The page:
Finally, I absolutely must mention the music. In addition from a handful of atmospheric instrumental tunes (and the nu-metal band’s song from the opening), Brütal Legend is jam-packed with metal tunes from a wide variety of subgenres. Among others, there’s legends like Black Sabbath, 80s hair bands such as Mötley Crüe, and more modern groups, including Mastodon and (of course) Tenacious D. New songs can be unlocked throughout the course of the game and played via the Deuce’s “radio”, the Mouth of Metal. Switching between songs can be done on the fly with the d-pad, a nostalgically chunky click of a tape deck separating each track.
Like heavy metal music itself, Brütal Legend is not for everyone, but it proved to be very much for me. I have a soft spot for games that are polished yet sufficiently quirky: the types of “b-game” projects that have, more and more, become the province of indie studios as the bigger ones either go out of business or focus more heavily on titles that warrant three A’s, minimum. Sure, offbeat games like Brütal Legend sometimes have questionable design decisions, but the best ones also have a way of shining through with good ideas and execution, and tons of character. That this game had as big of a budget as it did helps give it an especially rare sheen. Sometimes, I wish more people loved these sorts of games, so that more of them could be made.
Since my last post, I played through two more games to completion. The first one that I finished was Gone Home, which is one of those kinds of games where its best to go in as cold as possible, so I won’t discuss it here other than to say that despite some problems I had getting certain graphics settings (which I know my computer can handle) to run smoothly, it was worth playing. However, I have a lot of opinions about the second game, which I beat yesterday afternoon. Said game is Shantae: Risky’s Revenge – Director’s Cut.
Risky’s Revenge is a Metroidvania platformer, and also a sequel—the original Shantae was a late-in-its-lifecycle Game Boy Color title that is especially prized by collectors. I have never played the latter, and have only been aware of it by reputation and the apparently offbeat, in a good way, title character. A friend gifted me a Steam copy of Risky’s Revenge after seeing it on my wishlist, so I dove into the game expecting a polished platformer with a fun heroine.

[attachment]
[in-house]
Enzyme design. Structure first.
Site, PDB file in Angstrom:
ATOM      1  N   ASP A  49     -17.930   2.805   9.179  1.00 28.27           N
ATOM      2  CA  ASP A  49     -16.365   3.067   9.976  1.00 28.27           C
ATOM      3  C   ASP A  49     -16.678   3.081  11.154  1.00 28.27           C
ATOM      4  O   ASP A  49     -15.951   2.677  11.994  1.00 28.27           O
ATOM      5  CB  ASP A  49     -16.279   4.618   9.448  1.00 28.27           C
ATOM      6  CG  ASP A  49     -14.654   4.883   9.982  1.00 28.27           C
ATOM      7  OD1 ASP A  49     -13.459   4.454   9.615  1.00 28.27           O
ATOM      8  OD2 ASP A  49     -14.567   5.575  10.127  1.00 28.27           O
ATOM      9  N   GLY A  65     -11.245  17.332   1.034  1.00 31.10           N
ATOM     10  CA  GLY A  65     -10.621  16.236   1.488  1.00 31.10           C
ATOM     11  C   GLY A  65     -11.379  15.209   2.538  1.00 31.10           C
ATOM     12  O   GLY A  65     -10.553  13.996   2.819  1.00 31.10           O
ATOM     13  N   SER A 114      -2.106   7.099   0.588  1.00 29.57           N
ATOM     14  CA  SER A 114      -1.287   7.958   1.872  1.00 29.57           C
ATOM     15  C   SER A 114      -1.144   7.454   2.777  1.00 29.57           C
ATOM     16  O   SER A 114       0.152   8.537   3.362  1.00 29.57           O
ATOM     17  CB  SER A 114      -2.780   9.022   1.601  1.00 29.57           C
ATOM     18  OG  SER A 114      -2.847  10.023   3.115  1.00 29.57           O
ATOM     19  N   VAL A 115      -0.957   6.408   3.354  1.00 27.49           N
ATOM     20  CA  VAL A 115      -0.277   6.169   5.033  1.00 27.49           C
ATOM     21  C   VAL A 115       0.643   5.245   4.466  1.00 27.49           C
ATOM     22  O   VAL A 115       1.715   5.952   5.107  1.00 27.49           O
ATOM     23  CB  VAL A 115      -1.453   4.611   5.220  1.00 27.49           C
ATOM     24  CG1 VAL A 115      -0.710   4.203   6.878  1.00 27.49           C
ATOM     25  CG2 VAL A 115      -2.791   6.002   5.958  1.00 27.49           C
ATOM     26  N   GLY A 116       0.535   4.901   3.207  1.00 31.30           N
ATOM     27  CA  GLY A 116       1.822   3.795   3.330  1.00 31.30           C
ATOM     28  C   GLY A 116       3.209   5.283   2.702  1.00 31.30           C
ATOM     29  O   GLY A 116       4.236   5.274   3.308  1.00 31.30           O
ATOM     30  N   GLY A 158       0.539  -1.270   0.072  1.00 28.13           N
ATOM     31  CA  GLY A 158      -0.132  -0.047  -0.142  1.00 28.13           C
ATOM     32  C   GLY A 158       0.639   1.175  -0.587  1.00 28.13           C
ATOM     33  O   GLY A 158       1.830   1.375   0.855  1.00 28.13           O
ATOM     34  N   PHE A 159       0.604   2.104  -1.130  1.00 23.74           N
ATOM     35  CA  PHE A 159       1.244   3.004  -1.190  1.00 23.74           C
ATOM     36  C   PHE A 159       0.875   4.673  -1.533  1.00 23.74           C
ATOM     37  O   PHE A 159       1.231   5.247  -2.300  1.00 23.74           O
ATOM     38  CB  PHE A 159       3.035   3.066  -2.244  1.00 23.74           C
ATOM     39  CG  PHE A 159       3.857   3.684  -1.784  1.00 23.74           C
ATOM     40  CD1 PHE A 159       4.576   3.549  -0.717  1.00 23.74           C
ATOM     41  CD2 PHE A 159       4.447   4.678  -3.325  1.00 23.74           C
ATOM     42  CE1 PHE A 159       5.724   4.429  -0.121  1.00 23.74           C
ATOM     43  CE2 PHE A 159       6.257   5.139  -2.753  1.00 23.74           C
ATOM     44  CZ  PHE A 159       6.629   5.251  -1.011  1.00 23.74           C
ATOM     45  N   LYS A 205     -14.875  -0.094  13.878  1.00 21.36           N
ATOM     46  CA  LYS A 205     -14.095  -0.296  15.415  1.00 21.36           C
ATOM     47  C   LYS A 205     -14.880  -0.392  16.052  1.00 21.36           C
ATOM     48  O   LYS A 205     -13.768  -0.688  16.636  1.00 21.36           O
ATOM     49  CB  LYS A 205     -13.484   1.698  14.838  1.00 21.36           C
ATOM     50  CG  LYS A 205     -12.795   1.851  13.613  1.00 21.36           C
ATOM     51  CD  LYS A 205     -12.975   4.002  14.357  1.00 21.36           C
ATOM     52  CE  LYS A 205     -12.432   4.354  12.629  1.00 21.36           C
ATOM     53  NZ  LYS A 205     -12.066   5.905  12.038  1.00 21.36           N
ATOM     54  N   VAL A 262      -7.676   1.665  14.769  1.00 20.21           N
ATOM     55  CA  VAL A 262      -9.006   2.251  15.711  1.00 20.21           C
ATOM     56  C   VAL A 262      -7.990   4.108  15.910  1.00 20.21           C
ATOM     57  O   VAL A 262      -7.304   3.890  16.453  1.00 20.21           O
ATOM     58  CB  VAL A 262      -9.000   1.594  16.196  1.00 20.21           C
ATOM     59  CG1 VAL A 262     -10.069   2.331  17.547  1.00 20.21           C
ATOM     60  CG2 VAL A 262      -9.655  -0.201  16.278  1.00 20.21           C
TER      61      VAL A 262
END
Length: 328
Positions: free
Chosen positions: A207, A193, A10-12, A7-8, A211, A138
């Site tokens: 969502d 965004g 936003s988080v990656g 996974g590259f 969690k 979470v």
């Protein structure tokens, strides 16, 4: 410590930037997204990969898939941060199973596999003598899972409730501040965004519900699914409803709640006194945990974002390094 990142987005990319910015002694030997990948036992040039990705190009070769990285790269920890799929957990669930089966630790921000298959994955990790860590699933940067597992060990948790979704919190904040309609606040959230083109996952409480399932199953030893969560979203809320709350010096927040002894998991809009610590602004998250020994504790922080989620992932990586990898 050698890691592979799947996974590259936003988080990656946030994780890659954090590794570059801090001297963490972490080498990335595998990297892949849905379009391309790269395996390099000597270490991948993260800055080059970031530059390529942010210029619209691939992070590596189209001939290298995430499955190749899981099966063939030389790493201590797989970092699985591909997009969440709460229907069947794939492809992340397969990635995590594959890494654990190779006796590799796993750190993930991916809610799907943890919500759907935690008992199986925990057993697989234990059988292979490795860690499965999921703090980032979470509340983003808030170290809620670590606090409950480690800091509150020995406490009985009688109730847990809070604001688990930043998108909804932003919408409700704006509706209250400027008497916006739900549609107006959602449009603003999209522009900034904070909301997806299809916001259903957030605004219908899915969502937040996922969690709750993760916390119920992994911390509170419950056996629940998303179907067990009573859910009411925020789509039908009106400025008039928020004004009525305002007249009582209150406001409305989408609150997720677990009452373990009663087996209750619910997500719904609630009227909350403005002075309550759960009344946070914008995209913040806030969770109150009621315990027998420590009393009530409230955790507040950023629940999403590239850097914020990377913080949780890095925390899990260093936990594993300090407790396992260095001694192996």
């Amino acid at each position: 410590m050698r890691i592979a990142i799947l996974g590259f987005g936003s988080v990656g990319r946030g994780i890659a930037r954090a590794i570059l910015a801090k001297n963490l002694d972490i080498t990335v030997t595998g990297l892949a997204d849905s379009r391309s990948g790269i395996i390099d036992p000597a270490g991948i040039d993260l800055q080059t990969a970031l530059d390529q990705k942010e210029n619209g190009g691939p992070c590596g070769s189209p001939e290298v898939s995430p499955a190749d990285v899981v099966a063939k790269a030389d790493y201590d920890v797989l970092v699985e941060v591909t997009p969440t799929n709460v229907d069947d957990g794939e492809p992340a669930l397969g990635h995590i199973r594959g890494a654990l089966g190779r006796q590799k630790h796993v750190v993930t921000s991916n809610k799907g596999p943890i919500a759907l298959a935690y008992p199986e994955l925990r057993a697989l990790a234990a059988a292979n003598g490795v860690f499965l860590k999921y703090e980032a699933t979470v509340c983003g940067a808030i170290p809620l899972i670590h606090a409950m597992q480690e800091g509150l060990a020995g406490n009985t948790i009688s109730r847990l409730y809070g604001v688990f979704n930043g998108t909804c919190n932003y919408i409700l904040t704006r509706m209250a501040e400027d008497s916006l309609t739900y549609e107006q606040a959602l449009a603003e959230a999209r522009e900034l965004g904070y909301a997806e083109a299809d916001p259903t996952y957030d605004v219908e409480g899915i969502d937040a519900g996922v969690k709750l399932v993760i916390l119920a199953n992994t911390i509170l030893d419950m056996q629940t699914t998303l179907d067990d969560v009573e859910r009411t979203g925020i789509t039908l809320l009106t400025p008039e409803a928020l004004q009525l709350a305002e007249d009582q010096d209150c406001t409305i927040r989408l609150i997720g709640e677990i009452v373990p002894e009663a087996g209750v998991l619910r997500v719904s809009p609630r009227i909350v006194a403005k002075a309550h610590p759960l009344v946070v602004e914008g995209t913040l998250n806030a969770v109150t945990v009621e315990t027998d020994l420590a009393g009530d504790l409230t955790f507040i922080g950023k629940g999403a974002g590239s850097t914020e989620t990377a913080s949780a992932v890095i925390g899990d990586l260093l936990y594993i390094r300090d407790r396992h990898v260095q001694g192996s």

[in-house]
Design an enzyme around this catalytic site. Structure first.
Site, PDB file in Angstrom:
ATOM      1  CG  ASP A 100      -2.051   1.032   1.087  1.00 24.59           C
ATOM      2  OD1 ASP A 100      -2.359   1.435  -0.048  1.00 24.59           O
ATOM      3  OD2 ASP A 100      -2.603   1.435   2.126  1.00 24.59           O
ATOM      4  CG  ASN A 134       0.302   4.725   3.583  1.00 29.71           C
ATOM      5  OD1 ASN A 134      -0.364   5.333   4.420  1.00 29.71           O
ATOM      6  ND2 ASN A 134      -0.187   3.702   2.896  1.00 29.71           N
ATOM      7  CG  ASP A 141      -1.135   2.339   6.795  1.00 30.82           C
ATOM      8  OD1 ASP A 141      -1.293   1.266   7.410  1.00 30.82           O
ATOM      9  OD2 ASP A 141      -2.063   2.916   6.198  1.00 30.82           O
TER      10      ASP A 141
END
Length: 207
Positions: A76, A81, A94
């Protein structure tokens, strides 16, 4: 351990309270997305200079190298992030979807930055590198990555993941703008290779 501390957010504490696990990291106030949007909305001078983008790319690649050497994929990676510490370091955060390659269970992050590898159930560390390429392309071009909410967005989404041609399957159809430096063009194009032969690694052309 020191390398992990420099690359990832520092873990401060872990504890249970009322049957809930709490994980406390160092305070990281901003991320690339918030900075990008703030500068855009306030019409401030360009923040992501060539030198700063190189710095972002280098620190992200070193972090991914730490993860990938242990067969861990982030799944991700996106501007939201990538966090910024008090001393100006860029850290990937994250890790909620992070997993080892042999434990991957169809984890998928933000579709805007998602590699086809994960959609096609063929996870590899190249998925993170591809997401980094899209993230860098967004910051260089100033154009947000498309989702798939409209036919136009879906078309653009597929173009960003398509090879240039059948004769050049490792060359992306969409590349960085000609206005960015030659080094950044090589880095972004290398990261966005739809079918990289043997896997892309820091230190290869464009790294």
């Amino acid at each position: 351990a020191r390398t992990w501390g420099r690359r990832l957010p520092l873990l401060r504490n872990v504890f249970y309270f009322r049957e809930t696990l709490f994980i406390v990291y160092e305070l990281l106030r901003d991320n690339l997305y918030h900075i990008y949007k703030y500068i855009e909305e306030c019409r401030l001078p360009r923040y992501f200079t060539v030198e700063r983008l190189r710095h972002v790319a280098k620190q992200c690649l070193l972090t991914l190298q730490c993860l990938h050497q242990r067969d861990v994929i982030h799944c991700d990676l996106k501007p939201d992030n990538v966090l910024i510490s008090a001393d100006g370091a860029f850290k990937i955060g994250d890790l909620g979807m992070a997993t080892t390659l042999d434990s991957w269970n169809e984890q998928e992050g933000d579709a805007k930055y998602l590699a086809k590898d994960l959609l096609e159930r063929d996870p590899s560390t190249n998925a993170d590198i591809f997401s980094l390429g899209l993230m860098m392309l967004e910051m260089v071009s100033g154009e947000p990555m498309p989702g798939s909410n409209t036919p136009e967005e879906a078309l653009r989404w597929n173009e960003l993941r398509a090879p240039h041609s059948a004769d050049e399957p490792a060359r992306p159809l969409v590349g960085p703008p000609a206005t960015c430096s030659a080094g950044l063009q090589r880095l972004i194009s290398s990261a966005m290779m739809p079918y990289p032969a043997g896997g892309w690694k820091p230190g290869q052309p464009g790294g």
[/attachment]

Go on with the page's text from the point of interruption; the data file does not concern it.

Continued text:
As it turned out, Risky’s Revenge is polished in the most obvious ways, while remaining dull to a fault in a more subtle, yet pervasive, fashion. The animation shows the most spit and shine, as it’s extremely fluid and lively, though there are other high points as well, such as the fitting music and smooth controls. The colors pop brightly on the screen, helping to make most of the game’s areas reasonably easy to get around in, and the cutscene graphics are clear and sharp. If nothing else, and despite the startling male-gazey fanservice that regularly crops up, this game is a pleasure to look at and listen to.
Some other parts could’ve done with the same amount of care put into them, though. For starters, there’s Shantae herself. This half-genie, half-human guardian is the grouchiest protagonist I’ve ever encountered in a platformer, especially one so visually appealing. While her pixelated sprite defaults to a bouncy, smiling expression, her three cutscene portraits are neutral, skeptical, and outright surly, and her dialogue often reinforces these visuals. With her personality represented as such, I wondered what her friends thought of her, and didn’t think much of her disagreements with the town’s mayor. Her grouchiness wouldn’t have been a problem if there was something deeper behind it, but there didn’t appear to be anything. In short, at least in this game, she’s not a very good main character, and certainly not one that I’m itching to go adventuring with again.
Our heroine, ladies and gentlemen.